Plug and play components, late binding


Possible to define application
-
specific metadata:


Very useful, more later



14

Metadata Addresses COM Shortcomings



Type system was fragmented


External representation of a component had little
bearing on its internal structure:


Interface Definition could not tell you about internals


Needed to use things called Type Libraries to store metadata separately


.NET type system is common among all languages:


Common Type System


C++ string == C# string == VB.NET string

15

CLR Standards and Implementations


Open standard (ECMA)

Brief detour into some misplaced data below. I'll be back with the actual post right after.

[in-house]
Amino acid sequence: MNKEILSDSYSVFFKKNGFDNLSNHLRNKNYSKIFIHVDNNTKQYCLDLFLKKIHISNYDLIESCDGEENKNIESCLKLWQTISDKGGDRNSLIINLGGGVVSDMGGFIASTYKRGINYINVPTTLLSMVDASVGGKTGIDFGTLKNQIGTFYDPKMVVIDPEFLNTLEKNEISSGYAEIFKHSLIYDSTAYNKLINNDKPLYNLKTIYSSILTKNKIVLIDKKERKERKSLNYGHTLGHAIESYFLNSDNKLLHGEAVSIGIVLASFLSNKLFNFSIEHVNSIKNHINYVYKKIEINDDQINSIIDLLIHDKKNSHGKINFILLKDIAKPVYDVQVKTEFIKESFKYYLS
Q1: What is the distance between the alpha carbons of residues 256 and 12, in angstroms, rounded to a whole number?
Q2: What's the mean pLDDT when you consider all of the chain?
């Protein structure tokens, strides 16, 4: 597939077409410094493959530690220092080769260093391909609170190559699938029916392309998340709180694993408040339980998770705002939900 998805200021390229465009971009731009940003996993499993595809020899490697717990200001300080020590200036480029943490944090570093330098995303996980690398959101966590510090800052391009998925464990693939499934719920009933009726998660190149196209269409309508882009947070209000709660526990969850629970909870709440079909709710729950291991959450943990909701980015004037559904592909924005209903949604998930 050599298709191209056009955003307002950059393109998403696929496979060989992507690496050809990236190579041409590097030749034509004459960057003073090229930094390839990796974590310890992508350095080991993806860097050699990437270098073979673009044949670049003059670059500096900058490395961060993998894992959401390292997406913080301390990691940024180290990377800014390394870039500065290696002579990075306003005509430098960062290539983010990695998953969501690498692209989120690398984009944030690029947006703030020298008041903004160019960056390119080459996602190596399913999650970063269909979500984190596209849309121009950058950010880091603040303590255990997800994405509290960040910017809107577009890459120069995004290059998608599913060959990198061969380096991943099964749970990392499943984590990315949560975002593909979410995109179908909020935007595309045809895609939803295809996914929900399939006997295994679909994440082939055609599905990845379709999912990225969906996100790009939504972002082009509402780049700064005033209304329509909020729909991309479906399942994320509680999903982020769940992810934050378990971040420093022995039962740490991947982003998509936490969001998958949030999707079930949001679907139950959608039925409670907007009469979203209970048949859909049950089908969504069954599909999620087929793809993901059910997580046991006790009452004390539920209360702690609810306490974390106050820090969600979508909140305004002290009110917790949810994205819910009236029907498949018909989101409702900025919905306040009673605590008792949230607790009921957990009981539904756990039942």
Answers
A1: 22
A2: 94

CLR will run on any Windows computer:


95/98, ME, 2000


Built in to XP


Based on open standards:


Ports to Linux underway:


Mono, dotGNU


Microsoft have a shared
-
source, cross
-
platform version known as Rotor:


Runs on FreeBSD


http://msdn.microsoft.com/net/sscli

16

Class Library (1/2)


IO


GUI Programming (naturally!)


System Information


Collections


Components


Application Configuration


Connecting to Databases (ADO.NET)


Tracing and Logging


Manipulating Images/Graphics

17

Class Library (2/2)


Interoperability with COM


Globalization and Internationalization


Network Programming with Sockets


Remoting


Serialization


XML


Security and Cryptography


Threading


Web Services


18

Language Compilers


Over 20 different languages supported to date:


C#, VB, C++


Perl, Python, Scheme, F#, Fortran, J#, write your own!


All produce IL


Cross
-
language compatibility is a feature of the
runtime:


Write component in VB and use from C++, C#, …